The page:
Cholera – Nigeria
15 dead and 40 hospitalized from a suspected cholera outbreak in the Koya village of Minjibir Local Government Area of Kano State, Nigeria.
Symptoms included diarrhea and vomiting. The cause is yet to be determined.
Most of the cases included women and children.
The state’s Ministry of Health has sent health personnel to the community to prevent further spread of this infection.
Photo: Vibrio tasmaniensis bacteria, a close relative of Vibrio cholerae.
Cholera is an acute, diarrheal illness caused by a bacterial infection. Symptoms may range from none, to mild, to severe. The main risk is severe dehydration, this happens sometimes within hours.
It is spread mostly by unsafe water and unsafe food that has been contaminated with human feces containing the bacteria. Under-cooked seafood is a common source.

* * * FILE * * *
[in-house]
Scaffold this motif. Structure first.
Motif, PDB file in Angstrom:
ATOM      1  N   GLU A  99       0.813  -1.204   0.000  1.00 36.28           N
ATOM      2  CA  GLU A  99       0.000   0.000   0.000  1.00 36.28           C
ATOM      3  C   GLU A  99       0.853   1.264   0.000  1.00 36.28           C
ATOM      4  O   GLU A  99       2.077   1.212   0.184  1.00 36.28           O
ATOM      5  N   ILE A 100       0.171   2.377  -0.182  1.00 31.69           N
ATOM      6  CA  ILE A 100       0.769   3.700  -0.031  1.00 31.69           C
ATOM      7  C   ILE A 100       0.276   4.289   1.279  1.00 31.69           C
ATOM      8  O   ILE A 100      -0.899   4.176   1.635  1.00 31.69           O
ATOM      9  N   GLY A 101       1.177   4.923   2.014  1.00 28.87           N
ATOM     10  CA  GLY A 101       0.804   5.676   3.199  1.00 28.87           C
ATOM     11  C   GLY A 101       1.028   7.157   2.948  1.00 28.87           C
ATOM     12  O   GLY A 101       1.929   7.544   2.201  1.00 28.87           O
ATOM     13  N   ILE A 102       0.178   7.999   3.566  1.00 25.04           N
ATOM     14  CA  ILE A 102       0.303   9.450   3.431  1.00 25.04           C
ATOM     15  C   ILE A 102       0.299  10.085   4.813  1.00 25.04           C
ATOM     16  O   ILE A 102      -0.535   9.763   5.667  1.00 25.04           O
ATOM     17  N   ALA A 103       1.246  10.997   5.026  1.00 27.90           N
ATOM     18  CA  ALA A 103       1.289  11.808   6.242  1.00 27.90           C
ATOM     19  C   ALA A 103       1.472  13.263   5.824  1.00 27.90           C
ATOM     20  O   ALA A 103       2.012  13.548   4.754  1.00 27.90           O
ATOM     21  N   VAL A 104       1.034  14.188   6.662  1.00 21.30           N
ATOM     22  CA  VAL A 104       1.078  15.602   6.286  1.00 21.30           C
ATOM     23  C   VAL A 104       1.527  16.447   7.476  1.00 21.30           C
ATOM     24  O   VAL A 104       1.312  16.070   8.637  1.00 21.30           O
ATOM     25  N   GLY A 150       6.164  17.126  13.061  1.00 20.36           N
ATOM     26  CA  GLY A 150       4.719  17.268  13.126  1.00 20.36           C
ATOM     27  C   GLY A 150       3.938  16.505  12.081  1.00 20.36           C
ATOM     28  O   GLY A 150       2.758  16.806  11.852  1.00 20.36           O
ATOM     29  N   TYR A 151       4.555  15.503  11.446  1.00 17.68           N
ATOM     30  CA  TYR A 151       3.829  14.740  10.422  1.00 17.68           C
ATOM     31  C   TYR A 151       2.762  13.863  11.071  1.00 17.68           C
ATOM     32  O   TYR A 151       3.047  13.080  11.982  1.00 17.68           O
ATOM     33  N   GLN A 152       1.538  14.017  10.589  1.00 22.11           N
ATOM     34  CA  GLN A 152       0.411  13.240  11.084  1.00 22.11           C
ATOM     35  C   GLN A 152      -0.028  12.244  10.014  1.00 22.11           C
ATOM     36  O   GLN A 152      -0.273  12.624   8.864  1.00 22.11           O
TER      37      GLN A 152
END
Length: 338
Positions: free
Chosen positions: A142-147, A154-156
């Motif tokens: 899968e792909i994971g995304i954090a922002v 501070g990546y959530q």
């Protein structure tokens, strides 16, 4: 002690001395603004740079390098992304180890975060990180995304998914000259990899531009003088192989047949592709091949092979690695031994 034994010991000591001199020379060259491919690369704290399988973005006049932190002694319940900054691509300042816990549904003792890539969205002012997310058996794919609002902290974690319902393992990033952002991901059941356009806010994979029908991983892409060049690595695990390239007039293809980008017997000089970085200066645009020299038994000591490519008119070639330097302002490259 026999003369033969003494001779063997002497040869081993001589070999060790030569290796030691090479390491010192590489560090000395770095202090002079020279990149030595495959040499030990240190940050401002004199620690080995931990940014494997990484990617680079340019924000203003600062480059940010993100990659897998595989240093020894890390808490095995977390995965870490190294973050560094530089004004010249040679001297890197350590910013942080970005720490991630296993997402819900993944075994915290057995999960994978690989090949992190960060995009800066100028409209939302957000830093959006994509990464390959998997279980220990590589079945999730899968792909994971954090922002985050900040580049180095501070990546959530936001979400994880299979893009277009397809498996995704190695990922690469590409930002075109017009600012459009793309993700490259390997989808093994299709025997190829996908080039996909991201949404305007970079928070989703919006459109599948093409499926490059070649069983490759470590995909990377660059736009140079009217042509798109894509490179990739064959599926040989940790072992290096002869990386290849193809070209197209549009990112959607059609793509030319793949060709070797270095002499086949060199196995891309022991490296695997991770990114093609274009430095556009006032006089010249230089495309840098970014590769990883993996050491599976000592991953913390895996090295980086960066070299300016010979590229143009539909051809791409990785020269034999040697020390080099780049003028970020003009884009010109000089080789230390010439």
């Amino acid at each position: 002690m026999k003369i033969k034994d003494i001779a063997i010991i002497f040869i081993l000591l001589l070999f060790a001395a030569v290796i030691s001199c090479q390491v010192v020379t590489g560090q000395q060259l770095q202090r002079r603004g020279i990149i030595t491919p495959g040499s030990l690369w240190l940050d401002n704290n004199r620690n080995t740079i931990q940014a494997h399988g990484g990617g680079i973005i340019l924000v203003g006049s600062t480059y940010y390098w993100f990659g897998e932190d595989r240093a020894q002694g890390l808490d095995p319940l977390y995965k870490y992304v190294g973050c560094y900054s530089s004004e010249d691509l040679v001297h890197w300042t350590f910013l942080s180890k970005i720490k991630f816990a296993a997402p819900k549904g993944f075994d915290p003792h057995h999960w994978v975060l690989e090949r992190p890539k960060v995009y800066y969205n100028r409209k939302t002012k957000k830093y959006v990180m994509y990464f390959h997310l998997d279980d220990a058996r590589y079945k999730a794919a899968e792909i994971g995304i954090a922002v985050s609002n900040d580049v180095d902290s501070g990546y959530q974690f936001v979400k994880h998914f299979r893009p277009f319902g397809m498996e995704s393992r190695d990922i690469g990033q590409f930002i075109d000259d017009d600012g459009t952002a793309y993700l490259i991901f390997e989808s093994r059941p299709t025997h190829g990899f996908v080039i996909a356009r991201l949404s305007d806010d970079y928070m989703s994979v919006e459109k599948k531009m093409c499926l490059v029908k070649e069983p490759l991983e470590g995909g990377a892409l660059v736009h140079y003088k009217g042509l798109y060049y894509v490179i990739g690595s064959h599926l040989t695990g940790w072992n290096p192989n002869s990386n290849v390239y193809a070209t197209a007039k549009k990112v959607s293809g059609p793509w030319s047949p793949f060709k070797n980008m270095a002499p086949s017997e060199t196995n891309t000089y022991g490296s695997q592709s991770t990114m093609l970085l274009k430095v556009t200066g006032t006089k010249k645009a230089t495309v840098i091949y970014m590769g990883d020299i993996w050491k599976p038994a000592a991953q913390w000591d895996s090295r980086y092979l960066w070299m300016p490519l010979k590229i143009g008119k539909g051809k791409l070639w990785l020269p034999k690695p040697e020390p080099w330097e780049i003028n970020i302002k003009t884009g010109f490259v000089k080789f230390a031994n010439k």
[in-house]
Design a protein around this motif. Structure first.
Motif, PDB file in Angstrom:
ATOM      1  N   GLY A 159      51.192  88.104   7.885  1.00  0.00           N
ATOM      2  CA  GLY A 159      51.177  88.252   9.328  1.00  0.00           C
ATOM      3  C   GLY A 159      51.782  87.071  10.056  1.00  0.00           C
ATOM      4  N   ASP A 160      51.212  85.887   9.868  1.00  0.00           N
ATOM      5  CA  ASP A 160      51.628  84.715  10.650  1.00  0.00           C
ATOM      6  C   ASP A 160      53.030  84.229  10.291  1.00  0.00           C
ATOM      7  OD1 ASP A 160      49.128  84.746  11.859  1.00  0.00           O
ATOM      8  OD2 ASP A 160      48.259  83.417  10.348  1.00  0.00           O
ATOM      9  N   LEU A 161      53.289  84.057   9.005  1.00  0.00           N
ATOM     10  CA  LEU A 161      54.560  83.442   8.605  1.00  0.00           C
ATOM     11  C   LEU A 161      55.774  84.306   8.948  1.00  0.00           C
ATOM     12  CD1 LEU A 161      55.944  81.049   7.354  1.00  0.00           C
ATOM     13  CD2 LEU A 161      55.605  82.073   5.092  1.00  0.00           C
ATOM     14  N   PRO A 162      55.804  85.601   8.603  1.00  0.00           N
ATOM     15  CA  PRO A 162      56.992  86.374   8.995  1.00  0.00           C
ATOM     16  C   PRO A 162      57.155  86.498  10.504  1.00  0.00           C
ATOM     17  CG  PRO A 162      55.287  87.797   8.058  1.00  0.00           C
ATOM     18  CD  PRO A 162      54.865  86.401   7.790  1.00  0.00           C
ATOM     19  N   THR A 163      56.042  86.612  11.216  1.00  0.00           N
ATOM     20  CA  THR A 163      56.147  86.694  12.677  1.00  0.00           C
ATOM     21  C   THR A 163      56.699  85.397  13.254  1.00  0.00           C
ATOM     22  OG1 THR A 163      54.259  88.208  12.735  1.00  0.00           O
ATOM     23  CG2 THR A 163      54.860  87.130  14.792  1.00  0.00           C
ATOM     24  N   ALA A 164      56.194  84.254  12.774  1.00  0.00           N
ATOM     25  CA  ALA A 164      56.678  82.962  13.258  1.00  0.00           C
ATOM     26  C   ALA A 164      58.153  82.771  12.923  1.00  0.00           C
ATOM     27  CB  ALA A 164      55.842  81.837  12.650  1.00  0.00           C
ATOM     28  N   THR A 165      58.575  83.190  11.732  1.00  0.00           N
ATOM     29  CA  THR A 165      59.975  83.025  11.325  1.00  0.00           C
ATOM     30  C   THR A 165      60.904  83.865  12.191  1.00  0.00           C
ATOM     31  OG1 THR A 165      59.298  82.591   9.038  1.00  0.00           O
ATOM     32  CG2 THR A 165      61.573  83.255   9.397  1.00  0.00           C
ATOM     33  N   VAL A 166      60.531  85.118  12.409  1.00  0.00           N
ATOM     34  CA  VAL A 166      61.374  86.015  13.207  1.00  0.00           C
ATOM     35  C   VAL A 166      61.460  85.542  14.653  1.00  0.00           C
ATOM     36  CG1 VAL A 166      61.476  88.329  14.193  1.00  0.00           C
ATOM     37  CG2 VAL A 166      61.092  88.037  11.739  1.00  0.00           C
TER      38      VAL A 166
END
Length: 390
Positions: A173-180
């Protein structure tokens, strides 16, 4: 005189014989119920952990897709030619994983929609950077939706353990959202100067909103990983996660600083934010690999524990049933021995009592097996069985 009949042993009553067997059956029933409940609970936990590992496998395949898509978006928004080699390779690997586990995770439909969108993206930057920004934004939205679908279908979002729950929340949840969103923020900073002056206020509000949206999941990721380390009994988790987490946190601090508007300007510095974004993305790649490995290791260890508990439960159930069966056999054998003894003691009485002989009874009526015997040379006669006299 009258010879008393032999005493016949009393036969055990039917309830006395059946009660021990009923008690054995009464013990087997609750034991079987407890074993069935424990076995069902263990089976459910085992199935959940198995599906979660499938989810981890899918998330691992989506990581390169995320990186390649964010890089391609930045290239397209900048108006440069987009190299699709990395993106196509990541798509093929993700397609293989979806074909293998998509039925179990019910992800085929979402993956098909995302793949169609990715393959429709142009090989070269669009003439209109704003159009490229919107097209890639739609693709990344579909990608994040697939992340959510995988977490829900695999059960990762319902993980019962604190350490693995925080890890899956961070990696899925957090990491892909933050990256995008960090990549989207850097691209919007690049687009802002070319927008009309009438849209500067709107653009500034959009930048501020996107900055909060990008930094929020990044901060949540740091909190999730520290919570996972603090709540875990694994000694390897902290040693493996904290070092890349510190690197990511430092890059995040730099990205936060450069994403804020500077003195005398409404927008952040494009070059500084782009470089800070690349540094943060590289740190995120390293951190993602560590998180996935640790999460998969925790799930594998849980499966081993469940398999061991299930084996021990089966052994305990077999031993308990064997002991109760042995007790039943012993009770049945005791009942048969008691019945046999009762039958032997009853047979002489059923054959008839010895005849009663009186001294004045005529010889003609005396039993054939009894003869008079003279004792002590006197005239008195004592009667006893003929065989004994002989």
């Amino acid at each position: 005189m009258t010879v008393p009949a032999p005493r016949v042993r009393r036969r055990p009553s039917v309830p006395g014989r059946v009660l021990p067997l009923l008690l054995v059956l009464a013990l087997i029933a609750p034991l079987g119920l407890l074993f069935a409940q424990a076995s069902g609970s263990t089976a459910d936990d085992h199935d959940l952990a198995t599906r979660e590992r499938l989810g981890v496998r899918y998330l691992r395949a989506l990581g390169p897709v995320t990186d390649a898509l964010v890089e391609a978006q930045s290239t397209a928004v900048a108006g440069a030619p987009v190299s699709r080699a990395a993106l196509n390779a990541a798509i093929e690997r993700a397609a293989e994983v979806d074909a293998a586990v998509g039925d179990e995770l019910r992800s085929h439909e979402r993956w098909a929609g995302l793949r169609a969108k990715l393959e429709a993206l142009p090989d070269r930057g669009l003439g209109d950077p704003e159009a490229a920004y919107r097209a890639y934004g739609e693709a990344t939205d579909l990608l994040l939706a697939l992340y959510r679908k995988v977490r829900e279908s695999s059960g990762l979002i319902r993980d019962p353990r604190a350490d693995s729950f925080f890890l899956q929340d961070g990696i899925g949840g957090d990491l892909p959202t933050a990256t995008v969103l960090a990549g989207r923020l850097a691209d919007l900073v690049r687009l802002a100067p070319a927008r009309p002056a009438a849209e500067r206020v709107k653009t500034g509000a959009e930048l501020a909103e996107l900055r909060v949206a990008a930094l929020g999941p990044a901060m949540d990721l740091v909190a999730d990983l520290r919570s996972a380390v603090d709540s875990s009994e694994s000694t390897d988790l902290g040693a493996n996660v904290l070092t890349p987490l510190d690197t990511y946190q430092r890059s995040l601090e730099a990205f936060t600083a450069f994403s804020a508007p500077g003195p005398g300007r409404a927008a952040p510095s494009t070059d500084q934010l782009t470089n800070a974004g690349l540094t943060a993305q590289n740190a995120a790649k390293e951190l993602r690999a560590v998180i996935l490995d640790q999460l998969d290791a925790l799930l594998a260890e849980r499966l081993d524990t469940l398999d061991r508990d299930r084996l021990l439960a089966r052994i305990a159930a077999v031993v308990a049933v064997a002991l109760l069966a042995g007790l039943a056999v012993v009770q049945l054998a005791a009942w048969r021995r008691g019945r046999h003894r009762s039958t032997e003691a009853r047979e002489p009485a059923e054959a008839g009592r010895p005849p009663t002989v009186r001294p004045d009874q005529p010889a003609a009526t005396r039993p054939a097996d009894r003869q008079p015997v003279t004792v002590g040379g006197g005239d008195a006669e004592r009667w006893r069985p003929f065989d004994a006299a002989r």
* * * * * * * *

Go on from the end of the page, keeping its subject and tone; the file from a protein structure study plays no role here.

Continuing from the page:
Risk factors for the disease include poor sanitation, not enough clean drinking water, and poverty.
Cholera affects an estimated 3–5 million people worldwide and causes 28.800–130.000 deaths a year. Areas with ongoing risk include Africa and South East Asia, where it occurs in outbreaks.
Descriptions of cholera are found as early as the 5th century BC in Sanskrit.
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